What’s reflective and adaptive in the short run may carry the highest price tag over time. ~ Harriet Goldhor Lerner, PhD
Dear Young Rebel, I see you.
I see you with my old woman eyes. I know the lies you tell because I was once young and told them, too.
I was old enough to do what I wanted and fool the fools.
I didn’t realize the one I was ripping off was me.
I skipped much of high school or found myself sick with the flu, and even though it was true, I missed out on a slice of life I can never get back.
I barely graduated high school, not because I was dumb, but because I thought I was too smart to play by the rules.
Kids who went to class, did homework, or listened to their parents’ advice seemed weak.
Not me, I was strong.
I do what I want! was my motto.
The truth is I was lost and scared. I didn’t know what I wanted or who I was.
I was (and still am) a rebel.
When we’re young, it seems everyone is running the same race. As the years pass, the trajectory of actions and consequences spreads wider.
It’s revealed in careers, homes, travel, marriages, and a myriad of things that require time and attention.
Maybe you’re so smart you won’t listen to me or let this be anything other than some dumb adult thinking she can tell you anything when you’re an adult yourself and you already know, right?
The only reason I’m saying anything is because I wish somebody would’ve pulled me aside, realized I was just trying to make my way, and helped me make better choices. Nobody did.
Or, at least I didn’t hear them, like you might not hear this. And, that’s ok.
And yet, when I look back, I wish someone would’ve said: You can do this.
See, I thought everyone was saying I had to and that alone made me not want to. I thought the hard work and school stuff was for them.
I doubted anyone’s sincerity that anything good was meant for me. Nobody understood what I was going through. Or, so I thought.
I’m not telling you I totally get you. I’m saying I care and you can do this.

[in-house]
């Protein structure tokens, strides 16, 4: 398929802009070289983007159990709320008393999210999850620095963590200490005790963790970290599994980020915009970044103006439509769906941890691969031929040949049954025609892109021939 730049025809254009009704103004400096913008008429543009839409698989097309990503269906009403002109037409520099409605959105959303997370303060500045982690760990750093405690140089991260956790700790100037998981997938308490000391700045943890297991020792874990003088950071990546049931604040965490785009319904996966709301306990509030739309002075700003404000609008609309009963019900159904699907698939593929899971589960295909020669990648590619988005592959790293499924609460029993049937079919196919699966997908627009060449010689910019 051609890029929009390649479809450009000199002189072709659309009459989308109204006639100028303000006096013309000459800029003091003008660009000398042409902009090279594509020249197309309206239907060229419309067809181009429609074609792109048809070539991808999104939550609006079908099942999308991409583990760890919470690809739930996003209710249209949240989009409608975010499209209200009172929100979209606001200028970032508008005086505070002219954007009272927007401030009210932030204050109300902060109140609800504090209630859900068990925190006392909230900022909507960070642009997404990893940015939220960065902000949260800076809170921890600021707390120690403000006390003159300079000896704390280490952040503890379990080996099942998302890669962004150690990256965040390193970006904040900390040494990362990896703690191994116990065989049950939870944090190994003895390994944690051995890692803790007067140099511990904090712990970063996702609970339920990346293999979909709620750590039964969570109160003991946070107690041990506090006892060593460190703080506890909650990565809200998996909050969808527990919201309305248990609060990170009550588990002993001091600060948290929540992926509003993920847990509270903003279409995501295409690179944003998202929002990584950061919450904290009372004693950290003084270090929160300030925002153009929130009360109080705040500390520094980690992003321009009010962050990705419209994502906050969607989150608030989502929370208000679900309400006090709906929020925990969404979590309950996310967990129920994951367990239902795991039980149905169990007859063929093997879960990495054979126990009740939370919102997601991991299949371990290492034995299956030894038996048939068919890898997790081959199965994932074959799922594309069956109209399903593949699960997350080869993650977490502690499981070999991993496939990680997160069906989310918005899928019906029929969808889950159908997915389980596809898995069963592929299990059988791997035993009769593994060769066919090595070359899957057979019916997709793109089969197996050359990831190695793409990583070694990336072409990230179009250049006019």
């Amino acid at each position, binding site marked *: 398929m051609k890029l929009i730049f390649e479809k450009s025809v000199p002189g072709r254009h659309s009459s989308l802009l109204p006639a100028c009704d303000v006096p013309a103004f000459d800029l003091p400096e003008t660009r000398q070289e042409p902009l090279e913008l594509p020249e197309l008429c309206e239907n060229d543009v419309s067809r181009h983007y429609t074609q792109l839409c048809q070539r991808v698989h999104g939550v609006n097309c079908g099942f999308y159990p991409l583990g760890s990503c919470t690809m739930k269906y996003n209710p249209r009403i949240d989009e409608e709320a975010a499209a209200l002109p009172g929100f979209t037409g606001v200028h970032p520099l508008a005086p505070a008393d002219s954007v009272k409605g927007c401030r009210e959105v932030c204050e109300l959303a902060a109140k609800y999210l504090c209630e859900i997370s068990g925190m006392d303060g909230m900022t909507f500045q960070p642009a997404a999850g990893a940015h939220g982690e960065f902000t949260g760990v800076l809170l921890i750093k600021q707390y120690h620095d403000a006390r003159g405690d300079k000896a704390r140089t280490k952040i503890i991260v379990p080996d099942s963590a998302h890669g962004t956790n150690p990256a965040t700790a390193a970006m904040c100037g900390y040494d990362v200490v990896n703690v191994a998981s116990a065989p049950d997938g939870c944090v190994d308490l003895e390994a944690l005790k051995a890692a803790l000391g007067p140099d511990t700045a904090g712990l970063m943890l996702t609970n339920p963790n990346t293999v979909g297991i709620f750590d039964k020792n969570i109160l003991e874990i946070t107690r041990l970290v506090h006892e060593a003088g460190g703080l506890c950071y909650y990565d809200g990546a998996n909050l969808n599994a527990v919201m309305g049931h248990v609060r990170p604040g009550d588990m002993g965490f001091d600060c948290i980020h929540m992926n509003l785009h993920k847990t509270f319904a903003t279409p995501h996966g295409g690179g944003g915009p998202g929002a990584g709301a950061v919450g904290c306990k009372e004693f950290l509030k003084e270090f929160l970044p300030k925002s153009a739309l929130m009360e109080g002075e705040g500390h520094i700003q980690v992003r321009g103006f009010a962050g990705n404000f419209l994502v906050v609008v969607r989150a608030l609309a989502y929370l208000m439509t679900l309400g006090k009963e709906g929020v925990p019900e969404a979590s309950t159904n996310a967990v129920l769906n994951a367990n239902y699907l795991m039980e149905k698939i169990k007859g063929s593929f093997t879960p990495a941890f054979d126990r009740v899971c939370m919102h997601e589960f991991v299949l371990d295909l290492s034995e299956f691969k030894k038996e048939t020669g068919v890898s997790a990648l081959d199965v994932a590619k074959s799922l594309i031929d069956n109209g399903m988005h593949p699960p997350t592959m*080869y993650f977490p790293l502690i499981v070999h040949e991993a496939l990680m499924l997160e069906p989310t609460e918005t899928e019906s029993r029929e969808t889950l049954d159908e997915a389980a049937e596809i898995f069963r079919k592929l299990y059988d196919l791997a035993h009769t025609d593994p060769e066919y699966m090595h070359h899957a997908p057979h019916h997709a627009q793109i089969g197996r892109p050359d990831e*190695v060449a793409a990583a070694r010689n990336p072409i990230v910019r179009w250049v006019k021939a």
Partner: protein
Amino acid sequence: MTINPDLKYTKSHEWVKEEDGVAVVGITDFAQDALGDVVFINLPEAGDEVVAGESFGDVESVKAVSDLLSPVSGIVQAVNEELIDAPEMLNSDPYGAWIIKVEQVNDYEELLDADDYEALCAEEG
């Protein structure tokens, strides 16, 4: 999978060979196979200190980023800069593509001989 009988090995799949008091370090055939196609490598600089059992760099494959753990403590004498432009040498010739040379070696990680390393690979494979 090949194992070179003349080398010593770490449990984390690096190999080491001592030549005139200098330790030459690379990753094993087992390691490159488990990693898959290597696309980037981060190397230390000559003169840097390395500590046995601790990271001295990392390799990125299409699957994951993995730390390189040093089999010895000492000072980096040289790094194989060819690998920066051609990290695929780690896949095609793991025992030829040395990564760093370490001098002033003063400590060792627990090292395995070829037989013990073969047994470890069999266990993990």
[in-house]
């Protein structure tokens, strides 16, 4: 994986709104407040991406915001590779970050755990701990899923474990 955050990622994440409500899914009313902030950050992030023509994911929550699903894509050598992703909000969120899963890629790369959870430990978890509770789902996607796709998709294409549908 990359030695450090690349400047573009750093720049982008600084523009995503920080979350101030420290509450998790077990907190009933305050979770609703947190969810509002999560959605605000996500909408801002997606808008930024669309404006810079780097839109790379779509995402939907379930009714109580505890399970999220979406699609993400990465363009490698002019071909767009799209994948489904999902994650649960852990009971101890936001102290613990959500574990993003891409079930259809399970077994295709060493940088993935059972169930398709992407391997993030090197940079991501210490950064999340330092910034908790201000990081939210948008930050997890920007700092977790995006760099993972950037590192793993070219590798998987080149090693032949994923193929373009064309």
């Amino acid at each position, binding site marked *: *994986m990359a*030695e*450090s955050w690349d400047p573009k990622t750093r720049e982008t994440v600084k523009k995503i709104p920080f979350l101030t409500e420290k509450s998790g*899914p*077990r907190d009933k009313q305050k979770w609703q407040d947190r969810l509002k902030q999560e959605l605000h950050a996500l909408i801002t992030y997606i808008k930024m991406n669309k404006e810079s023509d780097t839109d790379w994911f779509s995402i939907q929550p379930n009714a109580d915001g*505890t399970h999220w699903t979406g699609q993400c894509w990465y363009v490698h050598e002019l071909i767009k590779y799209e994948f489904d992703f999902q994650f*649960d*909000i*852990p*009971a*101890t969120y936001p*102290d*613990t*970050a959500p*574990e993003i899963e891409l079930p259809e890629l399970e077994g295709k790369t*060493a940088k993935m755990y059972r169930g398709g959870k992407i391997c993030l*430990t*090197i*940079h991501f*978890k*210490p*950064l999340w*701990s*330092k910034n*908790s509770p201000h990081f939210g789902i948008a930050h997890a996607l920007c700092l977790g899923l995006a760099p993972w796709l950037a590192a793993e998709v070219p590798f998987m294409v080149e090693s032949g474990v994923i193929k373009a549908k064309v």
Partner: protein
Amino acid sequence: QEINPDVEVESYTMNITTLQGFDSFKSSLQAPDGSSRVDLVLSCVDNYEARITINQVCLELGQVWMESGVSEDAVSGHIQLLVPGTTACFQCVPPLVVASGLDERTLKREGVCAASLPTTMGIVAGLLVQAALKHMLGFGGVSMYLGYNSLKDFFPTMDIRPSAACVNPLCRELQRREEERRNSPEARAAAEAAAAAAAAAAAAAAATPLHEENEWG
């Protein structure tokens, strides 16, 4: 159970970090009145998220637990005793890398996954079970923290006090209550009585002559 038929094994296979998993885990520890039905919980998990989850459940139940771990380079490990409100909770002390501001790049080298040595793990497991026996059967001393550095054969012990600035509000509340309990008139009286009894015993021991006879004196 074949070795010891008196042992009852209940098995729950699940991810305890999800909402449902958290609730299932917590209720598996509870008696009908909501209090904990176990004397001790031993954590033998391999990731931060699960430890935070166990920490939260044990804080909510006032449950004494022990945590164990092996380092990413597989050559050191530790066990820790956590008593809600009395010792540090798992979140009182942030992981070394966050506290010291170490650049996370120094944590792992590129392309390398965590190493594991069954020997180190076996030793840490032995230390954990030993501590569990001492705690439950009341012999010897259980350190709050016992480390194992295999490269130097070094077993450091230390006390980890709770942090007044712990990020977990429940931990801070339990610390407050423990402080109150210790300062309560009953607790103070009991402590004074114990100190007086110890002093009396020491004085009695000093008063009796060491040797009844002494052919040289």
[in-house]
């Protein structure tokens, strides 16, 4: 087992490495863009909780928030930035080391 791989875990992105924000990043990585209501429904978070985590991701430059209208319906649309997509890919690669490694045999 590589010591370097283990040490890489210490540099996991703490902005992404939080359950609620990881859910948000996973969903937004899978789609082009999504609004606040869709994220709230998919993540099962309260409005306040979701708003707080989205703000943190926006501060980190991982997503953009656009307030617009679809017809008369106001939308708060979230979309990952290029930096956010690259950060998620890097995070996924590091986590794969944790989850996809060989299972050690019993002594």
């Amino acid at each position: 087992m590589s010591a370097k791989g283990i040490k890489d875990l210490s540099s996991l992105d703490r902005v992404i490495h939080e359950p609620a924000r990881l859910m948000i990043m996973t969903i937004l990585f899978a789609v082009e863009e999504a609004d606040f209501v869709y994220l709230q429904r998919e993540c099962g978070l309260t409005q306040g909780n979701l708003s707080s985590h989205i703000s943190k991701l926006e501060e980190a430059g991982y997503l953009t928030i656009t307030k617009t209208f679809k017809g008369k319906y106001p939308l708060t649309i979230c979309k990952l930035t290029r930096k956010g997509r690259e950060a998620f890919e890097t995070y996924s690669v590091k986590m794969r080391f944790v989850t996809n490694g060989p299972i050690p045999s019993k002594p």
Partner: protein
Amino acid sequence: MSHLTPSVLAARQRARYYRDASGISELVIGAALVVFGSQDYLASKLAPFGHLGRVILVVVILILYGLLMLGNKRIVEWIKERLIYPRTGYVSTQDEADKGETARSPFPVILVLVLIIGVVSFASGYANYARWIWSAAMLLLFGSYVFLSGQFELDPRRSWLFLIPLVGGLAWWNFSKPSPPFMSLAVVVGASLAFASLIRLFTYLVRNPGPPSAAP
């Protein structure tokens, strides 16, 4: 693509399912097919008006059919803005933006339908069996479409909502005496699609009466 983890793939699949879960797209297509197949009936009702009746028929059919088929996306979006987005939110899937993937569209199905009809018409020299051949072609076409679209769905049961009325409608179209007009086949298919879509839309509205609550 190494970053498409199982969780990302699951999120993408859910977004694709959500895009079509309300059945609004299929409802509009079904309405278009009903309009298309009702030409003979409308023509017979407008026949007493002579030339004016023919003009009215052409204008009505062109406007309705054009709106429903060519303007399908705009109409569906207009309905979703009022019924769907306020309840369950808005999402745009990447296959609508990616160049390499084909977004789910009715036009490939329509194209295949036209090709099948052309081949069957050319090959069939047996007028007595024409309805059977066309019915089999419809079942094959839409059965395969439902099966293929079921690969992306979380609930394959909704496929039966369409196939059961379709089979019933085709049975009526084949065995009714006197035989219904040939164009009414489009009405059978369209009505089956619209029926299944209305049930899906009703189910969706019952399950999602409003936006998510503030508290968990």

You can stop fighting against what could benefit you.
You deserve a good life.
But no, you spoiled little brat, it won’t be handed to you.
Ooh, right there, I bet that pissed you off. Now, do you want to be all self-righteous, like Who the hell does she think she is?
Here’s who I am: a grown woman who was once a spoiled brat.
Now, I’m old enough to admit it. I admit it wasn’t the world or my father who were so hard on me; I made things hard by trying to get away with doing things the easy way.
This is not a condemnation of you. It’s the concern I wish somebody would’ve shown me.
I see you. Can you see yourself?
Can you see what I couldn’t when I was your age, but is so clear now?
Can you look at how you’re living and imagine the kind of life you might be creating?
I know how smart you are and what a rebel you can be. It’s awesome!
However, combine that with misused freedom and you might just run yourself off a cliff.
Can you see how you could be hurting yourself? You know when you move out of your parents’ house, they won’t go with you, but you will?
Your thoughts and ideas. Your money habits. Your work habits. Your ways of getting along with others (or not). It all moves with you.
You create it. Then, you own it. It’s your life.
I’m asking: Do you like the one you’re crafting?
Well, I’m not really asking because I see you and I know.
I see you avoiding life and responsibility because it seems so hard.
It’s difficult to imagine, but it’s actually easier to go to class, do the work, study for the test, and go to the job than it is to avoid and fib (especially to yourself).
Gosh, if I could give you that one truth and you believed it, it would be a springboard in your life. It could save you years.
But, maybe you’re like me; you’ve got years to waste.
If so, keep at it. You’re on track.
If you want to follow in my footsteps, please, at all costs, refuse to invest yourself in anything that will actually matter 5-10 years from now.
That’s how I didn’t truly become a student until I was 37 years old, when the pain of not having a degree caught up to me—financially, sure, but more the screaming in my soul.
See, I only had excuses while other people lived with real reasons for not finishing school. They couldn’t afford it, were working two jobs, got pregnant, or just weren’t smart like us.
Actually, back then, I thought I was dumb. Nope. I just didn’t go to class.
I later learned: attendance changes everything.
I didn’t know that then, like you don’t now.
Like you, my parents paid for almost everything in the early days and I blew it all. I blew the money and I trashed the time.
Of course, you won’t blow it like I did. Yeah, that’s what I said.
For three years, I played at college, majored in partying, skipping classes and collecting my dad’s checks as if he owed me and I was getting back at him for his lack of achieving my standards of the kind of father he should be.
I missed the examples around me of people my age building successes, despite having harsher disadvantages and fewer opportunities.
I spent money on pizzas, margaritas and good times. I threw money around like confetti while wiser students juggled jobs, attended classes, clubs and sporting events, and still made time for fun.
I fumbled everything. Don’t be me.